Clinical psychologists' experiences of working with survivors of torture and the processes by which they manage such work

Prof Doc Thesis

Kapp, Sylvia 2005. Clinical psychologists' experiences of working with survivors of torture and the processes by which they manage such work. Prof Doc Thesis University of East London School of Psychology
AuthorsKapp, Sylvia
TypeProf Doc Thesis

Torture is practised in many countries of the world as a tool of oppression and to
suppress dissent. Those fleeing such human rights abuses may present various
challenges to psychologists working in the UK, given that theoretical models of
distress typically do not account for the social, political and economic factors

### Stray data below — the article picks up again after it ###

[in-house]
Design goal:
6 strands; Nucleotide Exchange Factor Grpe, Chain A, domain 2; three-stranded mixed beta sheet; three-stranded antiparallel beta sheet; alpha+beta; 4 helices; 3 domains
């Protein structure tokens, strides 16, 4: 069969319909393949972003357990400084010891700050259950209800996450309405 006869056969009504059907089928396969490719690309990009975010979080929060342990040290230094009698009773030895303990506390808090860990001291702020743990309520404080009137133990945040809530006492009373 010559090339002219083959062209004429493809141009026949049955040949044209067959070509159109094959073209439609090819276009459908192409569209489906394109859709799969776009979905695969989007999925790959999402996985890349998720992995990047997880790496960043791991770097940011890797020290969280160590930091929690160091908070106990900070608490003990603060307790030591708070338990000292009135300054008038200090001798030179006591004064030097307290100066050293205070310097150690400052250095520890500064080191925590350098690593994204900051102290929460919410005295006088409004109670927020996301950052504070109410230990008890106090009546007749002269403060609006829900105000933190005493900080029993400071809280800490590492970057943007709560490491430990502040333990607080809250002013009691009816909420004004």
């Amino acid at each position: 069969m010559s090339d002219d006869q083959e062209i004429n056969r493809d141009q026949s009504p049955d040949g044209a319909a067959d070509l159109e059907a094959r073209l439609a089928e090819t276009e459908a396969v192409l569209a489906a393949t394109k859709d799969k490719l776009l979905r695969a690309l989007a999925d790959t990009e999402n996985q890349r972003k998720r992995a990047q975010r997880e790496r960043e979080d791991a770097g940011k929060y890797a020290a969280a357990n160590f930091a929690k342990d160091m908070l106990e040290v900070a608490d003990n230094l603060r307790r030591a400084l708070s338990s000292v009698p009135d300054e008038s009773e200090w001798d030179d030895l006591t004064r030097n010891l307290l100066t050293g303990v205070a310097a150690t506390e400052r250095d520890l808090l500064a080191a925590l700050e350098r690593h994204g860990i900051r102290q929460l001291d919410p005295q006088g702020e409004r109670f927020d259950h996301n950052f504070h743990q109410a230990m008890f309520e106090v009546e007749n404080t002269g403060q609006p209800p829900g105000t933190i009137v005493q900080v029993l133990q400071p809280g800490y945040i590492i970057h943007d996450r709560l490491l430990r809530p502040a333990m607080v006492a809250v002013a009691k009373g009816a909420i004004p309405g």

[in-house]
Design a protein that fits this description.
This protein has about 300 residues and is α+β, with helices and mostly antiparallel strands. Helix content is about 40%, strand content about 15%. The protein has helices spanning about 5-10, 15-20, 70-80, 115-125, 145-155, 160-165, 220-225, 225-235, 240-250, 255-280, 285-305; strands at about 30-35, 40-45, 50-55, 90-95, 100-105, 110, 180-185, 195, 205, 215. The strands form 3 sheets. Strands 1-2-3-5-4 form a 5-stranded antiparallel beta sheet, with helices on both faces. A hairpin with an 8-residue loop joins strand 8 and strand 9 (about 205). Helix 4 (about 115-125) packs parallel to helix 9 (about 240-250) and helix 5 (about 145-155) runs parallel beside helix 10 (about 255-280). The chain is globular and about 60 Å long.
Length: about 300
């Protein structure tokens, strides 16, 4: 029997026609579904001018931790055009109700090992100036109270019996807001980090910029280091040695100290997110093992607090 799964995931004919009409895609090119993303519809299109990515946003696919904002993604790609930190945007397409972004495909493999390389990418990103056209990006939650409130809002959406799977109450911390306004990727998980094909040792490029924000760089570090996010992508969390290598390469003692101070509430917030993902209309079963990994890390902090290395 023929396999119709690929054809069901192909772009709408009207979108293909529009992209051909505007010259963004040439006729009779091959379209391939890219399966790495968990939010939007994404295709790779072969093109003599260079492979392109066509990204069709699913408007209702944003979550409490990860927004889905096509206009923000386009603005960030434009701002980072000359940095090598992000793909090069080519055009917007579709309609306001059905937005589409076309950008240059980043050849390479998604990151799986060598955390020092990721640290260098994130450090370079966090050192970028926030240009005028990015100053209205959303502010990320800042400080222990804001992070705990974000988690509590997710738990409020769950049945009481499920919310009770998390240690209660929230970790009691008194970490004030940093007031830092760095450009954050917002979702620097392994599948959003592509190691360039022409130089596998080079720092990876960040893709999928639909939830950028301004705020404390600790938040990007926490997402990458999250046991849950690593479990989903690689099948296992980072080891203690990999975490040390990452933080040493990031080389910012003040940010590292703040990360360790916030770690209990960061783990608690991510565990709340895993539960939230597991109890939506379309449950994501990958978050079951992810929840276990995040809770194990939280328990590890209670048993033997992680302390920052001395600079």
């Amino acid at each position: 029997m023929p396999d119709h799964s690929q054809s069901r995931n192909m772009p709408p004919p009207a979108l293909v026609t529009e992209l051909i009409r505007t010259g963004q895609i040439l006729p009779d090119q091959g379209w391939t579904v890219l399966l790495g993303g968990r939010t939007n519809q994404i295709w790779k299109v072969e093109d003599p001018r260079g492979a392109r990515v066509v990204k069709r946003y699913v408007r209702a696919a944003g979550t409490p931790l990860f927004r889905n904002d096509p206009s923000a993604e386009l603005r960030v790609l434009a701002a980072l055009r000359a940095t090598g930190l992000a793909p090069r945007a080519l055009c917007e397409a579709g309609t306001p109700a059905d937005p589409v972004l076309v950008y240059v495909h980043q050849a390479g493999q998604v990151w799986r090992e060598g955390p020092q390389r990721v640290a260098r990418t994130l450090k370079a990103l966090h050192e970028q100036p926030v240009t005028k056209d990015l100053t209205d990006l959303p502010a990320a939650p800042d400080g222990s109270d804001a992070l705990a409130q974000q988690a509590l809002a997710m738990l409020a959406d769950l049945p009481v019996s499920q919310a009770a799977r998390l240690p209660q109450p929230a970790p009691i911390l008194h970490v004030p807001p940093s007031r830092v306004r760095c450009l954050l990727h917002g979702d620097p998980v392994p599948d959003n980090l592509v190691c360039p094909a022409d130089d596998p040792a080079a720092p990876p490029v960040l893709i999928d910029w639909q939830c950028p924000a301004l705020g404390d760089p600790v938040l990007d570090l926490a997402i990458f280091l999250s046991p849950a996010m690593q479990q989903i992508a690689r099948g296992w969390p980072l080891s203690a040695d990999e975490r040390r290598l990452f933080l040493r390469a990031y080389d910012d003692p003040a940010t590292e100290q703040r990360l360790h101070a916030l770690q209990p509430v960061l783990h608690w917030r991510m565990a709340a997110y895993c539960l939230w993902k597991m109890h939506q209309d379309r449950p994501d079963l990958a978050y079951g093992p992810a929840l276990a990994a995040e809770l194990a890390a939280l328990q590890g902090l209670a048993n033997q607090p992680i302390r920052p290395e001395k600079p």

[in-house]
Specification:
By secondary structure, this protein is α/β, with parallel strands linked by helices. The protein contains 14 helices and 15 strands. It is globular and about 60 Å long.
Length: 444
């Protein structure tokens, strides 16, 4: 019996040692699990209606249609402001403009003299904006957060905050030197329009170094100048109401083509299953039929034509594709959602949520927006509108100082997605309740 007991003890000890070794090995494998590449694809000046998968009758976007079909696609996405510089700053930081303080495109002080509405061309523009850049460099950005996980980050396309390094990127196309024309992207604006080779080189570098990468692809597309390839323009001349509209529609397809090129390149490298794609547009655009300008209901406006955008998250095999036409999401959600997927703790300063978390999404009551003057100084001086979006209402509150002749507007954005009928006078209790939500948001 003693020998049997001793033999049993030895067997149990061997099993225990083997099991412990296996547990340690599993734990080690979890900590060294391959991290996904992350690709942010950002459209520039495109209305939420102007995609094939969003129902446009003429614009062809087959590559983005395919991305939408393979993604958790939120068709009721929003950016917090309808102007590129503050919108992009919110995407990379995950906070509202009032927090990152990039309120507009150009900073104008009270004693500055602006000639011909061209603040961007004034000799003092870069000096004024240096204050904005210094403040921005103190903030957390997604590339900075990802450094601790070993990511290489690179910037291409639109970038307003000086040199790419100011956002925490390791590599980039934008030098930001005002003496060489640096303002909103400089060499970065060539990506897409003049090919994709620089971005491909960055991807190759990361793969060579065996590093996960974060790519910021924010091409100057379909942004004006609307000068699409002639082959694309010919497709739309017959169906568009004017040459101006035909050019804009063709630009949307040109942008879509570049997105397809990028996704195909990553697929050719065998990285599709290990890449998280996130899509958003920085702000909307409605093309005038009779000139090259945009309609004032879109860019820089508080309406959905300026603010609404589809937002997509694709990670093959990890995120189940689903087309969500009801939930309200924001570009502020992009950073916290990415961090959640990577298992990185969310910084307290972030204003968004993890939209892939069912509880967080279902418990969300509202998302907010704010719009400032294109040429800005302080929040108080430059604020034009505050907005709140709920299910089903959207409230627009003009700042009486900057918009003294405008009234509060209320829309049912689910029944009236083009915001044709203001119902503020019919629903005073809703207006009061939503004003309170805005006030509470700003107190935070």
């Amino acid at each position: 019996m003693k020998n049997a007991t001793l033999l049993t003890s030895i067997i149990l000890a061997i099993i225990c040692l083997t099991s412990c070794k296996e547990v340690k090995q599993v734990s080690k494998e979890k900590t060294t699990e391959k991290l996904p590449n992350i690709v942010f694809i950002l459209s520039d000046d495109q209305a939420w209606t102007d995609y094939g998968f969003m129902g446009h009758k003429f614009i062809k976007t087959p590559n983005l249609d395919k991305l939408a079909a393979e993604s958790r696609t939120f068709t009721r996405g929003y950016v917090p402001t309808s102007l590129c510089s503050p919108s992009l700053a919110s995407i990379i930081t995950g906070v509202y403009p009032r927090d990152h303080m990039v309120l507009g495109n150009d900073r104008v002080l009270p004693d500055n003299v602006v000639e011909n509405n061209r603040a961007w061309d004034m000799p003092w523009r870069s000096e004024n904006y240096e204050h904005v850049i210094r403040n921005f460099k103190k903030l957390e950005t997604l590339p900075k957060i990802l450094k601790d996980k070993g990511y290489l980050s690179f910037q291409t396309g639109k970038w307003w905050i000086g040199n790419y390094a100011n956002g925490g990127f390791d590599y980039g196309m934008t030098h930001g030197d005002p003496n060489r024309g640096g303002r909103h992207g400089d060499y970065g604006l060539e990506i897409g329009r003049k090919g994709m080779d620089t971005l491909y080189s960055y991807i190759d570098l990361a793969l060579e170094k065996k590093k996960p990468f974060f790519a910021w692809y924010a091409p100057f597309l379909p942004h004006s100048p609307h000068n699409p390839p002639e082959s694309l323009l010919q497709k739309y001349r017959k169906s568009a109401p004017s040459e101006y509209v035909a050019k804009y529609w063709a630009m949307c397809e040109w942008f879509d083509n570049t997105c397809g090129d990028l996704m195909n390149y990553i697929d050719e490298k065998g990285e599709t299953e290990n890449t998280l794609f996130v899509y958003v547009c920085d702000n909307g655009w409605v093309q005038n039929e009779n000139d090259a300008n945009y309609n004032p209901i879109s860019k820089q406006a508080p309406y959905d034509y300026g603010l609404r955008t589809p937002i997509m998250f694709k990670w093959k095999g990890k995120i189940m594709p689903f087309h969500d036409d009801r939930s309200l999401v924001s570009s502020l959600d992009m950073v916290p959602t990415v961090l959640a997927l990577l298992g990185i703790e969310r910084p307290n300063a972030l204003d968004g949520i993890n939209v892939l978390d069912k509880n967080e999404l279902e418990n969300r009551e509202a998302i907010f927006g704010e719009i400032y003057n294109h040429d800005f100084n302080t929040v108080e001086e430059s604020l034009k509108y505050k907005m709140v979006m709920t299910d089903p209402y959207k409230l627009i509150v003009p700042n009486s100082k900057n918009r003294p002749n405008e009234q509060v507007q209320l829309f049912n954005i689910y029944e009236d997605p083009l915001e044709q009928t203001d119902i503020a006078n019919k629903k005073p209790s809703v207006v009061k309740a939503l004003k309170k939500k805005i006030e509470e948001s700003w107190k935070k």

involved in the infliction of torture, and given that the profession of clinical
psychology has traditionally taken a stance of political neutrality which may be
difficult ethically to sustain while working closely with the emotive content presented
by survivors of atrocities. There has been little systematic research on how clinicians
experience their work with refugees and asylum seekers who have been tortured, and
this study set out to explore the emotional impact on psychologists, the ways in which
they negotiate their professional role, and the frameworks they use to enable them to
make sense of carrying out such therapeutic work. Interviews with eight clinical
psychologists were analysed using Interpretative Phenomenological Analysis, and
themes relating to the impact of such work on clinicians, the context of the work, and
the psychological processes by which they manage these, are discussed. The
significance of these themes for theory, professional practice and service organisation
within the NHS are considered.

Publication dates
PrintJan 2005
Publication process dates
Deposited02 Jul 2014
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